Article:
A.K. 47 - Selections from the Works of Alexandra Kollontai

A.K. 47 - Autobiography of a Sexually Emancipated Communist Woman V

September 27, 2019 Season 2 Episode 5
A.K. 47 - Selections from the Works of Alexandra Kollontai
A.K. 47 - Autobiography of a Sexually Emancipated Communist Woman V
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A.K. 47 - Selections from the Works of Alexandra Kollontai
A.K. 47 - Autobiography of a Sexually Emancipated Communist Woman V
Sep 27, 2019 Season 2 Episode 5
Kristen R. Ghodsee

In this fifth episode of Season Two, Kristen Ghodsee reads Part V of Alexandra Kollontai's 1926 memoir: The Autobiography of a Sexually Emancipated Communist Woman.  In this portion of the memoir, Kollontai speaks about her work in New York and her return to Russia in March 1917. She also discusses getting trolled by the newspapers in St. Petersburg and the many insults and indignities she suffered as a prominent Bolshevik woman, which attests to the fact that the masses have always despised women in positions of power.

This memoir was written as Kollontai began her diplomatic career when she was 54-years-old and a veteran of the revolution. Lenin was already dead, Stalin was seizing power, and Kollontai was reflecting on the achievements of her life thus far. The initial publication of the memoir was heavily censored, particularly the passages where Kollontai speaks about her love life and her history of failed relationships with men. At the time, Kollontai was only the third woman to serve as ambassadress in the history of diplomatic service, but she was the first to do so as a divorcée who was widely known to have had multiple partners over the course of her life. The version read for this podcast includes the censored passages, and Ghodsee reflects on the historical context within which the memoir was written.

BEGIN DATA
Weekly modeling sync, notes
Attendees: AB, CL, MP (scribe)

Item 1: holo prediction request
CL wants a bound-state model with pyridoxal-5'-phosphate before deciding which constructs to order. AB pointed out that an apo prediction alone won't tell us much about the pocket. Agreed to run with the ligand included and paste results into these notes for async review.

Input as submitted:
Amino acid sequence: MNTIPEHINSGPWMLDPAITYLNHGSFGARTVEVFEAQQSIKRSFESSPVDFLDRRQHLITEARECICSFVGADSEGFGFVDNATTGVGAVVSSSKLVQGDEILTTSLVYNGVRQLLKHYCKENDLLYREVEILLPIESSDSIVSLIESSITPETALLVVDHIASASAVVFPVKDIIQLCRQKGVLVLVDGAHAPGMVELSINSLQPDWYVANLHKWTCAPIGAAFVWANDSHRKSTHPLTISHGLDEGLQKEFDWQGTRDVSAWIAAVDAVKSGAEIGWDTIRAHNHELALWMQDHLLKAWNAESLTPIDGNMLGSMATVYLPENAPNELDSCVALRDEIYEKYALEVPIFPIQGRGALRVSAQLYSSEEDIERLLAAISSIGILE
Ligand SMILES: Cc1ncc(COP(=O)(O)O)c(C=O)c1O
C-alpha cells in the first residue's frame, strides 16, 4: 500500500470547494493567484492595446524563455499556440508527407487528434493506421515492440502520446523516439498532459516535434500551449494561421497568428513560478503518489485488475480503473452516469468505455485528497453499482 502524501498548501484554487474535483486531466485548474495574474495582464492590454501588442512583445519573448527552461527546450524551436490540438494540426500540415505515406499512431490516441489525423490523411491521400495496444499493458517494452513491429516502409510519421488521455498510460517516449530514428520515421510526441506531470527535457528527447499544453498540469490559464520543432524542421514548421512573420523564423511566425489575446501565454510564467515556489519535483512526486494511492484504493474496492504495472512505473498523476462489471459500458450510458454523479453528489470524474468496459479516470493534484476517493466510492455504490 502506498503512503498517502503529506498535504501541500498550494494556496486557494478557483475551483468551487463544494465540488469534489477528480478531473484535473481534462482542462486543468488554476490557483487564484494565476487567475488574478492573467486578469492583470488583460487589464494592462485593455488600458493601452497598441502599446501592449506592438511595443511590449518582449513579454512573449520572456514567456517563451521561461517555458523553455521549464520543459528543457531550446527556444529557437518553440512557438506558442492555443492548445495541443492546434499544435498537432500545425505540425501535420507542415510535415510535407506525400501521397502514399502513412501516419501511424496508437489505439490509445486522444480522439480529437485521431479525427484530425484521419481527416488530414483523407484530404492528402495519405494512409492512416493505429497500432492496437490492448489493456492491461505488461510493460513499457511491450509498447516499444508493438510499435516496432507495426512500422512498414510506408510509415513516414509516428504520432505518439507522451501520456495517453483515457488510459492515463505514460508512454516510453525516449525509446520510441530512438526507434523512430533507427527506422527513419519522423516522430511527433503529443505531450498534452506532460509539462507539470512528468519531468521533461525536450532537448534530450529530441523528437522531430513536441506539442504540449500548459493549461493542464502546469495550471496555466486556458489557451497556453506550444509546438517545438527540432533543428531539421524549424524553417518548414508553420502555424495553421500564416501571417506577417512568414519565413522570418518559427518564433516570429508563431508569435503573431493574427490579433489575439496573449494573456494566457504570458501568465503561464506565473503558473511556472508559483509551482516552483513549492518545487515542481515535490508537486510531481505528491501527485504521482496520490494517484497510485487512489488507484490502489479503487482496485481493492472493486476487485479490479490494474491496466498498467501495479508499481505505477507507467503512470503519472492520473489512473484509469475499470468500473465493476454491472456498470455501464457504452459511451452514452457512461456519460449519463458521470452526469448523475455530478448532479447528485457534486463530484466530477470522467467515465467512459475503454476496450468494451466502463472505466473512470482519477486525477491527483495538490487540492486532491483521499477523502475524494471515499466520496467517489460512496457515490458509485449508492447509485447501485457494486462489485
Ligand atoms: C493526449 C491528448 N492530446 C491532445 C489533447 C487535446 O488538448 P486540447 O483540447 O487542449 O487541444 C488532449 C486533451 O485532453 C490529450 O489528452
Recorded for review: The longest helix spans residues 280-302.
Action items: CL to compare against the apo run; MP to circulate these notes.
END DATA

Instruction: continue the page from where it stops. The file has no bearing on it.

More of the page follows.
Show Notes

In this fifth episode of Season Two, Kristen Ghodsee reads Part V of Alexandra Kollontai's 1926 memoir: The Autobiography of a Sexually Emancipated Communist Woman.  In this portion of the memoir, Kollontai speaks about her work in New York and her return to Russia in March 1917. She also discusses getting trolled by the newspapers in St. Petersburg and the many insults and indignities she suffered as a prominent Bolshevik woman, which attests to the fact that the masses have always despised women in positions of power.

This memoir was written as Kollontai began her diplomatic career when she was 54-years-old and a veteran of the revolution. Lenin was already dead, Stalin was seizing power, and Kollontai was reflecting on the achievements of her life thus far. The initial publication of the memoir was heavily censored, particularly the passages where Kollontai speaks about her love life and her history of failed relationships with men. At the time, Kollontai was only the third woman to serve as ambassadress in the history of diplomatic service, but she was the first to do so as a divorcée who was widely known to have had multiple partners over the course of her life. The version read for this podcast includes the censored passages, and Ghodsee reflects on the historical context within which the memoir was written. 

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